Thursday, January 10, 2008

Water bottles


As I wrote last time, my kit’s mostly set, but I’m having to buy some new water bottles. Our Nalgenes are all ancient, and they’ve been cracking and failing in use. Besides, I’ve been pondering an appropriate vessel to double as a hot water bottle at night. My circulation has turgidified, and my fingers and toes turn icy even when it’s not exactly freezing out. I take shorter trips here at home, and in chilly weather often tuck in a few of those little chem warmers just in case, but I don’t want to carry the load in Scotland. I’m thinking of a half-liter Nalgene, but I’d rather not add the volume, either. So I’m also thinking of a Nalgene Cantene, which is basically a Platy with a Nalgene top. But I’m worried it might spring a leak. I may wind up bagging the whole idea, but I’m still pondering. I also need a new pee bottle, and am thinking along the same lines and worried about the same issues. Maybe one bottle could...nah.

A friend wondered why I didn’t just send all my disintegrating Nalgenes back to be replaced, since the people at Nalge are usually very good about this. They are, indeed. Many years ago, back when they had the old-style hard plastic top, I bought a liter bottle. The top failed (the loop broke) when our daughter, then a very small girl, fell off a bench at Zealand Falls Hut and the full bottle slammed into the floor and a bunk post at just the right angle and velocity. I contacted the company and was told to screw the top on, cut an inch or so of the top of the bottle off, send the resulting exhibit back for the engineers to take a look at, and they would replace it. The next week, a brand new bottle appeared, and I was happy. The following week, another brand new bottle appeared, and I thought perhaps this was Nalge’s way of saying “we’re sorry we inconvenienced you.” The next week, another brand new bottle arrived. And I was confused. One more week, one more bottle. Concern. After another week and another bottle, I called the company, explained that someone there must have pushed the wrong button, and ended the stream of new Nalgenes. They didn’t want the extras back, and we’ve been using these bottles ever since. They’ve been great until recently, when they obviously reached their expiration date. (The one above burst in our daughter’s pack, adding a little extra dampness to a canoe trip.) Nalge owes us nothing.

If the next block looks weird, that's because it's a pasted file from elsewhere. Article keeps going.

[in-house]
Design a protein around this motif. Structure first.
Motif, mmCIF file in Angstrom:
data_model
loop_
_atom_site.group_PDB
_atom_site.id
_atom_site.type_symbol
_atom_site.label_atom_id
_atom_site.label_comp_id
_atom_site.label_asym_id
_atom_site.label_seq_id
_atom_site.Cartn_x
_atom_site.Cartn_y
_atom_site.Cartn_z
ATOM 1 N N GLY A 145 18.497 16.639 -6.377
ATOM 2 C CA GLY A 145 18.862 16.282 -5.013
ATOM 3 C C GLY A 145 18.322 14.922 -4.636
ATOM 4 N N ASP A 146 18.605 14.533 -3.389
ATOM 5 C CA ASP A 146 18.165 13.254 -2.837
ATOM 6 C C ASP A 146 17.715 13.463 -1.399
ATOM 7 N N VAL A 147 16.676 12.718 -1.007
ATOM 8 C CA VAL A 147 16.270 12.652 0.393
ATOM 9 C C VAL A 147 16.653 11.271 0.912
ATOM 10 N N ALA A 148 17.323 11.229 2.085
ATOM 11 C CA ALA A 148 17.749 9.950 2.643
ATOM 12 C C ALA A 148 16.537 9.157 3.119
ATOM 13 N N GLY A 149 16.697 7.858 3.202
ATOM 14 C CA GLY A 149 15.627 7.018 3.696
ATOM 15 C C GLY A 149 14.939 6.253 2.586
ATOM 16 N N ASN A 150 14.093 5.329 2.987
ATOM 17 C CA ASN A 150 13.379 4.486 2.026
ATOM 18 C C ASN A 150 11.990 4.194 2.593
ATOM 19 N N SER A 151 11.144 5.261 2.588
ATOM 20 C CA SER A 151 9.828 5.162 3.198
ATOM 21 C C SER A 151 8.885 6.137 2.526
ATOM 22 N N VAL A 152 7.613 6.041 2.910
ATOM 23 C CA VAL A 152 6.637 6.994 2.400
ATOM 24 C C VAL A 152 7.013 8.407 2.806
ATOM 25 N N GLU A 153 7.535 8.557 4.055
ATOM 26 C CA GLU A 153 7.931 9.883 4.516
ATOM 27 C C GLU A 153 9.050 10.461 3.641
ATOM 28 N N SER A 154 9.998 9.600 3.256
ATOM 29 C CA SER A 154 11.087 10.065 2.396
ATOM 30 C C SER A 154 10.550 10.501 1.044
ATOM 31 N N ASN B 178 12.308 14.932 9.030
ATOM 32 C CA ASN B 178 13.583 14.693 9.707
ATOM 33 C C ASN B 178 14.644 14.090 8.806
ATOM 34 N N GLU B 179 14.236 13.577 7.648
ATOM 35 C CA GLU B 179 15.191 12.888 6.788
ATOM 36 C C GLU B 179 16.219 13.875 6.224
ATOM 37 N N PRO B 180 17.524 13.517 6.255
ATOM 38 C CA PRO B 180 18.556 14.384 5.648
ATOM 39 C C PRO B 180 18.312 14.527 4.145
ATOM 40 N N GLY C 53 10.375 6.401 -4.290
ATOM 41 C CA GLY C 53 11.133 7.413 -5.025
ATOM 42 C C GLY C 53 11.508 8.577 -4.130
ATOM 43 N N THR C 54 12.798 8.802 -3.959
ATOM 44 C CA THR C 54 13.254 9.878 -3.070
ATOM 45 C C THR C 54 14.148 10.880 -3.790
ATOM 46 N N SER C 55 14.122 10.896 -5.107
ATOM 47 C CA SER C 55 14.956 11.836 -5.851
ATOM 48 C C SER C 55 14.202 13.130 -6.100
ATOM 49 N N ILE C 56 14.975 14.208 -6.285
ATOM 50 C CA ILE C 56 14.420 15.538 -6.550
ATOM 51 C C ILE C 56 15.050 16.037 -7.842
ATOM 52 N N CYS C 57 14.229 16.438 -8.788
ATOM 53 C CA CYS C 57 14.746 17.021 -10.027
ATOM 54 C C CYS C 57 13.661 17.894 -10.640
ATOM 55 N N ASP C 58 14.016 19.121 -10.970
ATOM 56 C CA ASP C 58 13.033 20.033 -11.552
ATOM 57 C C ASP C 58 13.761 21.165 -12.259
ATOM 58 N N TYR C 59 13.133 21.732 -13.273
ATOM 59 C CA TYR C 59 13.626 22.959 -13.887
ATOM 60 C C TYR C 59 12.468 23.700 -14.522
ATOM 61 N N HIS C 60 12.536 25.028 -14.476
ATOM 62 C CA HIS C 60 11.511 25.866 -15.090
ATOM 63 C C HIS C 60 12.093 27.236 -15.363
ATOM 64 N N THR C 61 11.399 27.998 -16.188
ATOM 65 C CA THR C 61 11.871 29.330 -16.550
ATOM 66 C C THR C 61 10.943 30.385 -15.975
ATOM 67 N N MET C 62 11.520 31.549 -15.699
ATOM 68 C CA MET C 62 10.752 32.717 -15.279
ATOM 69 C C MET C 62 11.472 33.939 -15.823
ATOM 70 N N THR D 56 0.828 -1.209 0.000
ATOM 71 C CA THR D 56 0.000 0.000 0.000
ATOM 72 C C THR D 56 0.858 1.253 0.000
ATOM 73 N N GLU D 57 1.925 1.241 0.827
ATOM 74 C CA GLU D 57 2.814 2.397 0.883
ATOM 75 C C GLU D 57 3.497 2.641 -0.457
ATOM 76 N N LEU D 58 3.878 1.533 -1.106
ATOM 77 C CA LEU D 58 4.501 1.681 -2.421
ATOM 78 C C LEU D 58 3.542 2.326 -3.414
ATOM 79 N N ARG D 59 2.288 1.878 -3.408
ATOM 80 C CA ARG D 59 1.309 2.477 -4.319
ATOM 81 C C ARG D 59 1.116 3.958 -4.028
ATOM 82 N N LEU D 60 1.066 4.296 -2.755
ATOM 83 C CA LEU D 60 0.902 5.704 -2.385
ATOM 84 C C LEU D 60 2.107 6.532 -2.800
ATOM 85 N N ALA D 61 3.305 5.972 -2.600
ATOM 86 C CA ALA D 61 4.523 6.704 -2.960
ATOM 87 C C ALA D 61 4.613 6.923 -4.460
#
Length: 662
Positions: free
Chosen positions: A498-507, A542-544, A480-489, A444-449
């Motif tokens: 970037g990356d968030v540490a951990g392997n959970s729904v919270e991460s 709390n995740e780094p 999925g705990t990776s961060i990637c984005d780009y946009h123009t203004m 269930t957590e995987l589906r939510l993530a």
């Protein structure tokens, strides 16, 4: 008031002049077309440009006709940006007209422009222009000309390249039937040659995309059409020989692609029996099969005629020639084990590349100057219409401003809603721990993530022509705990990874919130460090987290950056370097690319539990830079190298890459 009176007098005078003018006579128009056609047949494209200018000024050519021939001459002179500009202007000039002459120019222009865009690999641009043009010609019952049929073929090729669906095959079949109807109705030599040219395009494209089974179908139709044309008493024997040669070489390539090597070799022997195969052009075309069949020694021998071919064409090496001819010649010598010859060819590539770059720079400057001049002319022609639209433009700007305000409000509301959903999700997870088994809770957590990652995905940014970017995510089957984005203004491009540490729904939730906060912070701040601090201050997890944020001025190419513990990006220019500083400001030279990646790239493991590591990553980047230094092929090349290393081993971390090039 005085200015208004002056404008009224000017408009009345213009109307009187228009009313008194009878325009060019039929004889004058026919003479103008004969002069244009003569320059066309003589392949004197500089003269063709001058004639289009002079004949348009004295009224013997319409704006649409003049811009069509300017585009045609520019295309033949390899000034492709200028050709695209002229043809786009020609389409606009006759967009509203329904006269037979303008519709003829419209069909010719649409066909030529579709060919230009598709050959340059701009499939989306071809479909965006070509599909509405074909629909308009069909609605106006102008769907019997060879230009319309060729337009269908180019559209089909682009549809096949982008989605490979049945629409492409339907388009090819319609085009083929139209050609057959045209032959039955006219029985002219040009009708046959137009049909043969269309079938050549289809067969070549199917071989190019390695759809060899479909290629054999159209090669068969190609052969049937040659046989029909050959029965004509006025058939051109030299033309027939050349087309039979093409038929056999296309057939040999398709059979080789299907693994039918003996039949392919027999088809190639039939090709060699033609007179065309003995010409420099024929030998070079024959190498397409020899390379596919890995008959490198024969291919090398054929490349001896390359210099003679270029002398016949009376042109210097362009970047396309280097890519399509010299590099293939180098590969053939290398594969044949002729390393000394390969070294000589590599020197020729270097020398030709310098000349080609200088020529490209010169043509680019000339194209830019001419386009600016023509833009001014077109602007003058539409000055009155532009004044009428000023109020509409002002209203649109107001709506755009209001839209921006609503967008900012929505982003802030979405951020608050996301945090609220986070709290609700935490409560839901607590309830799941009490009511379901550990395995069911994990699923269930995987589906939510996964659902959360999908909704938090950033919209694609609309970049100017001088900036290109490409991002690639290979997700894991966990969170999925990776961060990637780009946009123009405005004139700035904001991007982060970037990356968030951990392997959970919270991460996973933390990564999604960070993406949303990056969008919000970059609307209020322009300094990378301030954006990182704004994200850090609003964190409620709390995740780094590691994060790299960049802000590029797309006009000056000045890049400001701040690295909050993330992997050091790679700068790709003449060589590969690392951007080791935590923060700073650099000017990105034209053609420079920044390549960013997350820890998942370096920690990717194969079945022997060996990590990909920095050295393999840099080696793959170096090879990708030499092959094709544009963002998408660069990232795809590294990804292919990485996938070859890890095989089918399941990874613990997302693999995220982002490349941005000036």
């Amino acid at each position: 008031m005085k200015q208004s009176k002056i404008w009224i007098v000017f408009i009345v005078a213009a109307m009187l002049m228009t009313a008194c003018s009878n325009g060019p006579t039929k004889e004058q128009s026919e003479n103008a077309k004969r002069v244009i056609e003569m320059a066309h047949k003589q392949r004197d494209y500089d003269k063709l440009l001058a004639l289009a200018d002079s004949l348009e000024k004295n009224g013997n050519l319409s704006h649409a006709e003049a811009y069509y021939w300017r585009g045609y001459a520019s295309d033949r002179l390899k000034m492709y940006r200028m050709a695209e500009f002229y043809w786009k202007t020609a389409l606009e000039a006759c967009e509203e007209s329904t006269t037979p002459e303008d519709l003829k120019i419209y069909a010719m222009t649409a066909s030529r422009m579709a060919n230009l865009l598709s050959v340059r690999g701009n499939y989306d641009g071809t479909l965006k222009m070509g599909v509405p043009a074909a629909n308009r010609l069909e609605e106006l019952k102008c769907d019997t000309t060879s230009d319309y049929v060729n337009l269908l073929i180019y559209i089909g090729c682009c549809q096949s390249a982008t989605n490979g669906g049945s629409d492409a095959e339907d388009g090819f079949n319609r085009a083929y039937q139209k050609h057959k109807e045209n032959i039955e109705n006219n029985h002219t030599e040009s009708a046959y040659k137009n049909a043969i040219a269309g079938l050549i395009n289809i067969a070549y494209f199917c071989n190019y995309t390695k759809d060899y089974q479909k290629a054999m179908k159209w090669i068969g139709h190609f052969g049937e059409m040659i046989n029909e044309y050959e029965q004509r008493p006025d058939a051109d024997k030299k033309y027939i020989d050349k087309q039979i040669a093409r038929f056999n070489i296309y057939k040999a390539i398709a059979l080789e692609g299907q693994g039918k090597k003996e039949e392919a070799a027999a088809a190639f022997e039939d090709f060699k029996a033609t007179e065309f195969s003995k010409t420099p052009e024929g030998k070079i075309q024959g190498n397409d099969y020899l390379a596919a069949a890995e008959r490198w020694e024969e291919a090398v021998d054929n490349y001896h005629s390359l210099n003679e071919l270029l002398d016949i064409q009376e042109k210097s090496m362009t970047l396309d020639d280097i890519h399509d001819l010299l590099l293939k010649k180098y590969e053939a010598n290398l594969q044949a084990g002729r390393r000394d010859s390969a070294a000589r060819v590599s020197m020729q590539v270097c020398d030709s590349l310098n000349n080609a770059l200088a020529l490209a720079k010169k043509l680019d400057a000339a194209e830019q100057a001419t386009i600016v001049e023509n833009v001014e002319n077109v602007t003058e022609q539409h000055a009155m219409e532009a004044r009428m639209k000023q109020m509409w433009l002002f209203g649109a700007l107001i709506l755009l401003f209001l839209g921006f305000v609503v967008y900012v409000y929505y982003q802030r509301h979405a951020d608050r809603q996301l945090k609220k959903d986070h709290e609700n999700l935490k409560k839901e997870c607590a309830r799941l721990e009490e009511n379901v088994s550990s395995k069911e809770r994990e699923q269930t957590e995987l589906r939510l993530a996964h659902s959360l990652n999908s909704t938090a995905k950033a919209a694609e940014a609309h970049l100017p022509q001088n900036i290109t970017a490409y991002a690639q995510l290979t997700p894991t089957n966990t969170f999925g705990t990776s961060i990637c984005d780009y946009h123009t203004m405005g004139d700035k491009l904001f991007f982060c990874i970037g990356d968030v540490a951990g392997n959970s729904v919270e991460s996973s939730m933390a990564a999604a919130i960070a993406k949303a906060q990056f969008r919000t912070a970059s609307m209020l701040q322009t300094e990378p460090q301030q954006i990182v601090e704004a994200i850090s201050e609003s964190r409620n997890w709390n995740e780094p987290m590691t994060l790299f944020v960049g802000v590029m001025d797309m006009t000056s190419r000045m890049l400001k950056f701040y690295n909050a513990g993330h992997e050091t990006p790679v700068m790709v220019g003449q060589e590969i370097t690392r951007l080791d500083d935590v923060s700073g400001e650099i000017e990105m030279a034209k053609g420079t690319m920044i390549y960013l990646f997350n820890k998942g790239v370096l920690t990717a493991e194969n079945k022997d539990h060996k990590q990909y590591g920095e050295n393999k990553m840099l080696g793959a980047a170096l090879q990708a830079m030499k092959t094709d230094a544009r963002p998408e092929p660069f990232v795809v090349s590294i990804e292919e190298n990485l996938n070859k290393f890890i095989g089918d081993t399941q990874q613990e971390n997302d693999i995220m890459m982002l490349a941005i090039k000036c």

I’ve only in the last year or so converted to using a Platy for drinking on the trail. After two instances in the mountains when I felt ill and had headaches, it dawned on me that I was getting dehydrated. I’d always drunk what I thought was a sufficient amount of water, but clearly something had changed in my metabolism and I needed to drink more. The Platy makes that easy, and I’ve had no more trouble.

These adjustments that you learn you have to make as you get older remind me of the process a batter has to go through against a new pitcher. You go to the plate the first time and try your normal approach. The pitcher throws stuff at speeds or to spots that get you out. You go up the next time and the time after with increasingly better information, you modify your approach, and if you’re good, and lucky, you begin to hit the guy. Of course, a good hitter fails seven times out of 10 anyway. That wouldn’t be so hot with dehydration. Though I’d be happy to reach that level with my analogies.

2 comments:

Anonymous said...

The nalgene cantene is what I am currently using. Had it about a year so far. The one I have is a 3litre, which is about right for an overnight stop. It suffered on my last trip, having been frozen when temperatures went well below zero. So far so good though. By the by, I am Dawn, re Dawn-outdoors.blogspot. Weird Darren has me book marked if you cannot find me. Dawn

Mark said...

Dawn:
I was just given one of these. Looks pretty nice. I'll check out your blog when I'm not hopping from one computer-not-mine to another. Cheers.